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5 things to know for March 21: Ukraine, Supreme Court, Covid-19, Gas tax, Myanmar

By Alexandra Meeks, CNN

More than 20 million people across the Southeast US are bracing for extreme weather this week — including tornadoes, damaging winds and very large hail. The severe storms will be felt across the Gulf Coast region, but portions of Louisiana and Mississippi are expected to be hit the hardest.

Here’s what you need to know to Get Up to Speed and On with Your Day.

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1. Ukraine

Ukrainian President Volodymyr Zelensky is appealing for ceasefire talks with Russian President Vladimir Putin, but US and NATO officials say Putin has not backed off his original demands. Last week, Putin laid out several issues to achieve a ceasefire with Ukraine, including a demand for Ukraine’s neutrality — or an assurance that Ukraine would not become a NATO member. Zelensky has indicated that he is willing to consider a neutrality policy under certain conditions to help bring an end to the violence. However, Ukrainian and Russian negotiators have met four times since the start of Russia’s invasion with no major resolution on Putin’s other demands. Russia had set a deadline for authorities in Mariupol to surrender the city, but that deadline has passed, with Ukrainians rejected that ultimatum. Russia is now likely to prioritize attempting to encircle Kyiv over the coming weeks, the UK defense ministry said. Separately, four journalists have so far been killed reporting on the war and many more are injured or missing.

Want to help? Learn how to support humanitarian efforts in Ukraine here. CNN’s audience has contributed more than $6.3 million to the humanitarian relief work according to Public Good, the online donation platform partnering with CNN.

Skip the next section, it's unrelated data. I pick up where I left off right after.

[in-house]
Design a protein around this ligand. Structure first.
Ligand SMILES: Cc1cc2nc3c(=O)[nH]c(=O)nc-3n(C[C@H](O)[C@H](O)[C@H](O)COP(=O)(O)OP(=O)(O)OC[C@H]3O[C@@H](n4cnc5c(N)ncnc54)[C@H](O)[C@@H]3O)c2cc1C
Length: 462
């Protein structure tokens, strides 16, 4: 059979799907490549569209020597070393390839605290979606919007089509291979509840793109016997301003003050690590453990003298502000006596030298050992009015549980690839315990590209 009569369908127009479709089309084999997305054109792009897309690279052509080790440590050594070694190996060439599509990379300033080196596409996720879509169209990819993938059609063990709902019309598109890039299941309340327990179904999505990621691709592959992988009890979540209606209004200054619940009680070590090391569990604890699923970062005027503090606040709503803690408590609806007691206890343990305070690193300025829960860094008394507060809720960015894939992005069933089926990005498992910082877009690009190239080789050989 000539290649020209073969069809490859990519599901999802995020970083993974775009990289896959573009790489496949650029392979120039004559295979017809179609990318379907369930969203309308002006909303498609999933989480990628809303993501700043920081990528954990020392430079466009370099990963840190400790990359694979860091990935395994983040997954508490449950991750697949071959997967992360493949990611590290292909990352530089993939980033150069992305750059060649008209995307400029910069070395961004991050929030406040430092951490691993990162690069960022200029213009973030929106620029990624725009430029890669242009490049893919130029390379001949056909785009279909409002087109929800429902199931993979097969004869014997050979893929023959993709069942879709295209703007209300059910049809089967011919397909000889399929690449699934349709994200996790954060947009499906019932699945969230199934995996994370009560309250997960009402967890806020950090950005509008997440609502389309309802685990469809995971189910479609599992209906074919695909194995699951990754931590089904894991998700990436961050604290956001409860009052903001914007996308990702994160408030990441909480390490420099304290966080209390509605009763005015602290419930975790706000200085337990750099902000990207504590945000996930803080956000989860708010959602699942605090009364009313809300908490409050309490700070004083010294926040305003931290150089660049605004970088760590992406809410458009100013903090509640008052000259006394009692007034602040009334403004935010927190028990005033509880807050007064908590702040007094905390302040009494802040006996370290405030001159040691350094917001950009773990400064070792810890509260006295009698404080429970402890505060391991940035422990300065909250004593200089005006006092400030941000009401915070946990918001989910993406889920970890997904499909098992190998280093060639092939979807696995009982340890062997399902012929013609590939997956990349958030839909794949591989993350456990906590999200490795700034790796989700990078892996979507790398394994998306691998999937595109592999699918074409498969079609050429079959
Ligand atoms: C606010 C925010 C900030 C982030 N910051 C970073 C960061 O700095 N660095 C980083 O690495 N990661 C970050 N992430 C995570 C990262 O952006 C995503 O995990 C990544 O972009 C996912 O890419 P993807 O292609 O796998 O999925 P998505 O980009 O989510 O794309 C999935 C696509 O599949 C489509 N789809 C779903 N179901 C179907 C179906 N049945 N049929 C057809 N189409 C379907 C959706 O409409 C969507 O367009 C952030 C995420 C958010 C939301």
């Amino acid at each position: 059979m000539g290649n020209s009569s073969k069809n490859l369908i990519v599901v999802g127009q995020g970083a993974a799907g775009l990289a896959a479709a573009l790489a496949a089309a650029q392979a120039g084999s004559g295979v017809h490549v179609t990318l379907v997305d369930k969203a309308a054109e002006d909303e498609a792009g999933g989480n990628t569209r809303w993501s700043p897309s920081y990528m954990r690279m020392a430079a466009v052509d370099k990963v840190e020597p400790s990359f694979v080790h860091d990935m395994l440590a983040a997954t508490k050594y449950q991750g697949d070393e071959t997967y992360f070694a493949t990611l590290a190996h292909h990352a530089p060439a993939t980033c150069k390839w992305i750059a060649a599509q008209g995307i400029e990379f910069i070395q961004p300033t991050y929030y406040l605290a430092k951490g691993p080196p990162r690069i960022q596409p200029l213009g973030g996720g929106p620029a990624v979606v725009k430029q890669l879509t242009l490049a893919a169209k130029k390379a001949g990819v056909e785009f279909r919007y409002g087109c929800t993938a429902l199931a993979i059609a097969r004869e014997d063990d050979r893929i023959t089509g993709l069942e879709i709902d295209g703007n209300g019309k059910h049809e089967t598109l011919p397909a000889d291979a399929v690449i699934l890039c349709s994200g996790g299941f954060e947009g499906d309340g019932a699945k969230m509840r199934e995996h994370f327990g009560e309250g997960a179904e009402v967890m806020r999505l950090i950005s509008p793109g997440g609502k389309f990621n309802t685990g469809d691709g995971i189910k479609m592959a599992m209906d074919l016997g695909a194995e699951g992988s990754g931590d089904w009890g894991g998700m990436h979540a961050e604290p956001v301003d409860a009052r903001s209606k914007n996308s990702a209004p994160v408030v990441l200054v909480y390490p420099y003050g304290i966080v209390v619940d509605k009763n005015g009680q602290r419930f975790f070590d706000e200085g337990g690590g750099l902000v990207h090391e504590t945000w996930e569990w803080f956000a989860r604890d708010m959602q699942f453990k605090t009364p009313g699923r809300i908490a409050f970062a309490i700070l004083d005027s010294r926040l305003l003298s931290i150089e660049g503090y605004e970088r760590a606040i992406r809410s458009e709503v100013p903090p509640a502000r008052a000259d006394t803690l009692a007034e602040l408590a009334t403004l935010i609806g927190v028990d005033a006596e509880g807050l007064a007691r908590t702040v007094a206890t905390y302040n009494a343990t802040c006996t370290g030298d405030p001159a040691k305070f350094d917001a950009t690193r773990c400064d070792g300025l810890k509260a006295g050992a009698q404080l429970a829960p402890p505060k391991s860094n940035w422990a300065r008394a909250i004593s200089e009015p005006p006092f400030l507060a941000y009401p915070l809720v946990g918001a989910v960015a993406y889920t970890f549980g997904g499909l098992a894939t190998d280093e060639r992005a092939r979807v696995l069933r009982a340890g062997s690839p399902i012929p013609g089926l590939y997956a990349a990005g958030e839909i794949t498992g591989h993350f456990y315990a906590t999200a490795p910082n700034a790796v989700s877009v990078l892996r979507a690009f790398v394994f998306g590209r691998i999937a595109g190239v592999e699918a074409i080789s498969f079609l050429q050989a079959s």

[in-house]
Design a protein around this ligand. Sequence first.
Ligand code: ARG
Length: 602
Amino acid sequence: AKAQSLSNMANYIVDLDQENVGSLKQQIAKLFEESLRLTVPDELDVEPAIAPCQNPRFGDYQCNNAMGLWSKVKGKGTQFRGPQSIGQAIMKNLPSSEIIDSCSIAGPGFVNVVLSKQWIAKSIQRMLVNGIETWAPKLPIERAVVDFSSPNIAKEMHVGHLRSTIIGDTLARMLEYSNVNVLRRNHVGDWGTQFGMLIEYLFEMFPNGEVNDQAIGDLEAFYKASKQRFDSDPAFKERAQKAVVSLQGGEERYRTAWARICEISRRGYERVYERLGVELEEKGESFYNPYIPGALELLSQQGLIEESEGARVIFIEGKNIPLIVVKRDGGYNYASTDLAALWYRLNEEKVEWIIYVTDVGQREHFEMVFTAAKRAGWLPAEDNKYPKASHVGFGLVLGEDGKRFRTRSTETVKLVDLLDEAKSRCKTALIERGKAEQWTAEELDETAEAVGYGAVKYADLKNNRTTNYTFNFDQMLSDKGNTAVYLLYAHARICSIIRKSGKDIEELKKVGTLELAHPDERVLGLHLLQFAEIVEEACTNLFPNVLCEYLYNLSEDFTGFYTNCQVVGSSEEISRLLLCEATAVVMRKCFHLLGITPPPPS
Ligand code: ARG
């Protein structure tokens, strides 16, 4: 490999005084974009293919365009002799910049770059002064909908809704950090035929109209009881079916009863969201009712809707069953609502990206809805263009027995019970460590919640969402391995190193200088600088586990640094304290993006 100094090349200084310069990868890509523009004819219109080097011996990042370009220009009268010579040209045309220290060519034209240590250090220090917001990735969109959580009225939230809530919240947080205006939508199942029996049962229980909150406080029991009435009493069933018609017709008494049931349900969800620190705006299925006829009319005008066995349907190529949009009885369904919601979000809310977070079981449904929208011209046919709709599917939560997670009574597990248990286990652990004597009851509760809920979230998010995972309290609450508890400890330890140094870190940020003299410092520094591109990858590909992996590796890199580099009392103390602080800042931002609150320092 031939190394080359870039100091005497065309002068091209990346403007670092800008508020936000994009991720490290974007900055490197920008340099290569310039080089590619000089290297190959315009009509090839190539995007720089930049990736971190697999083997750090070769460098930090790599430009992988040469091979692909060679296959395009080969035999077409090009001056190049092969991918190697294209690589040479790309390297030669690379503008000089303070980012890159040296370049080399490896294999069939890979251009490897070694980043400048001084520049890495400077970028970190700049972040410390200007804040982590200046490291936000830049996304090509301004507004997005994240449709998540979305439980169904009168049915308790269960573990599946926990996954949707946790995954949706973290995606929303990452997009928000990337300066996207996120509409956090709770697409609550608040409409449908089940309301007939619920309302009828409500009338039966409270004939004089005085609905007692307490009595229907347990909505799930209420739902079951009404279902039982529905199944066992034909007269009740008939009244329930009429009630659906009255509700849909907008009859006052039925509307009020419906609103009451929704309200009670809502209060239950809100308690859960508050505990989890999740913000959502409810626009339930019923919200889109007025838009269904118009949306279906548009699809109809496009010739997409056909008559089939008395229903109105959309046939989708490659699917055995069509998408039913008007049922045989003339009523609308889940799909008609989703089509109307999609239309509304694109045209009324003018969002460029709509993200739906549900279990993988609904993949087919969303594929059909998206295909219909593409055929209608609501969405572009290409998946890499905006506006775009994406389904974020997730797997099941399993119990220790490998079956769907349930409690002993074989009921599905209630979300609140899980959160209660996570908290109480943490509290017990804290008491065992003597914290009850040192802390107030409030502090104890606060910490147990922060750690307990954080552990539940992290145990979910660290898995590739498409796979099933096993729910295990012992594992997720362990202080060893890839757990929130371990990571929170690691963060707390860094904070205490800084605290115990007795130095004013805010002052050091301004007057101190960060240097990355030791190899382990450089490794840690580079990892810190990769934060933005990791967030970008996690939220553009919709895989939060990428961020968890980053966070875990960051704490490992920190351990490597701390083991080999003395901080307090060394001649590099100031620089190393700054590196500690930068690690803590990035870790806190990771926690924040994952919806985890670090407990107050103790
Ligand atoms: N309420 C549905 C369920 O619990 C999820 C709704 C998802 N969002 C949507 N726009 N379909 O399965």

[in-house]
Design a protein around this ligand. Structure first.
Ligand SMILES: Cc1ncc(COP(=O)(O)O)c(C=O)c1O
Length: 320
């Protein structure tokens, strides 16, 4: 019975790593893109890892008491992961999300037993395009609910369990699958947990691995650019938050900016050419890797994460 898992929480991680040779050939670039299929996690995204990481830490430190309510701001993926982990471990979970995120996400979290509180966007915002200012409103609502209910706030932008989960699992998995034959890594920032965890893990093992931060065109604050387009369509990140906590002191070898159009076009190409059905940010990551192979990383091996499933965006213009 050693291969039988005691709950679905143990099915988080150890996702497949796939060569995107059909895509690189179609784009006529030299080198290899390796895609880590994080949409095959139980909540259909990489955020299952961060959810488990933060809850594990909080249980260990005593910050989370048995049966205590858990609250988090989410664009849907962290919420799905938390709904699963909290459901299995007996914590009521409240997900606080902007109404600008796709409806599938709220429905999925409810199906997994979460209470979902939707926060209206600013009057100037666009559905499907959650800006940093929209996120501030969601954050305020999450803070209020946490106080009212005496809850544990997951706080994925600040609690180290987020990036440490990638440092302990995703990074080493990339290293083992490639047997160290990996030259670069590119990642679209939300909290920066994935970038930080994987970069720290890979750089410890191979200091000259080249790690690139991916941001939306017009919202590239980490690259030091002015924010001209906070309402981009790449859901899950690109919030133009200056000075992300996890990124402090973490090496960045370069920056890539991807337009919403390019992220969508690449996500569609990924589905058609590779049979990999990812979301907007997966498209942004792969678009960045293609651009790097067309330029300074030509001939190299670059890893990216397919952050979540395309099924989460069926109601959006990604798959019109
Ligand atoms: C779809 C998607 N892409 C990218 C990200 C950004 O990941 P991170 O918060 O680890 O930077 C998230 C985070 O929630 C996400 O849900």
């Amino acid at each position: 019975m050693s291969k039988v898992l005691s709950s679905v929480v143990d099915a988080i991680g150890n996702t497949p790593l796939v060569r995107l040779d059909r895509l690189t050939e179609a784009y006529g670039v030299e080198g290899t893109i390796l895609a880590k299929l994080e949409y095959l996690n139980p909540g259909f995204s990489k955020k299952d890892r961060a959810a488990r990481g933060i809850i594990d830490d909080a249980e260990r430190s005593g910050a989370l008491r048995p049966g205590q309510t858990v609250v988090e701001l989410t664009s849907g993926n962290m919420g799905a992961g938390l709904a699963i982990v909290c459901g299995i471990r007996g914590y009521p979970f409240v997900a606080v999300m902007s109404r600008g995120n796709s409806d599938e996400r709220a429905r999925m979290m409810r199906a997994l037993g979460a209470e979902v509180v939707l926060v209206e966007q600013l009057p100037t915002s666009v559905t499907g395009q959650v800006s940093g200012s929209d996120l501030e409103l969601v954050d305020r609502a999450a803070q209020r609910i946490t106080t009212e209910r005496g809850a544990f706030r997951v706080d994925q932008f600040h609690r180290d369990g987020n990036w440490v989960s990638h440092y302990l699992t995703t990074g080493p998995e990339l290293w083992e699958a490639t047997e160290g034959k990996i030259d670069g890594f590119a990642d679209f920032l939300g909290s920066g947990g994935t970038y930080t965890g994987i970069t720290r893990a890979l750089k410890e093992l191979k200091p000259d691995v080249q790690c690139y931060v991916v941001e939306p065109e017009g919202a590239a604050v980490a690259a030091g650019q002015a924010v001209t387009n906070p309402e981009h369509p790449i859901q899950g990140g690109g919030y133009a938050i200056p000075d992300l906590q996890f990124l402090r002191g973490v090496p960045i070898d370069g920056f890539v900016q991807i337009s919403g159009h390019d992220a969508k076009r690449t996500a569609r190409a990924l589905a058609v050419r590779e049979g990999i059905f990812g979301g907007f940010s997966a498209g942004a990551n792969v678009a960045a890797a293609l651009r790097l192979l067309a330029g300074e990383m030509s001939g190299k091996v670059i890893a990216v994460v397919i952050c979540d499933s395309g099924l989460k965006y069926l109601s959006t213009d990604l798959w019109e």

2. Supreme Court

Confirmation hearings for the Supreme Court nomination of Judge Ketanji Brown Jackson are set to begin later today. Jackson, who is poised to be the first Black woman to serve on the nation’s highest court, will be formally introduced during televised hearings at 11 a.m. ET today, followed by two days of questioning and one day of testimony from additional witnesses. President Joe Biden chose Jackson to succeed retiring Justice Stephen Breyer. She is a former federal public defender who has sat on lower US courts for nearly a decade. The Harvard Law graduate also served early in her career as a law clerk to Breyer. Democratic leaders have set a goal of reaching a final Senate vote by early April. Meanwhile, Supreme Court Justice Clarence Thomas was admitted to a hospital late Friday “after experiencing flu-like symptoms,” the court’s public information office said, adding that he does not have Covid-19.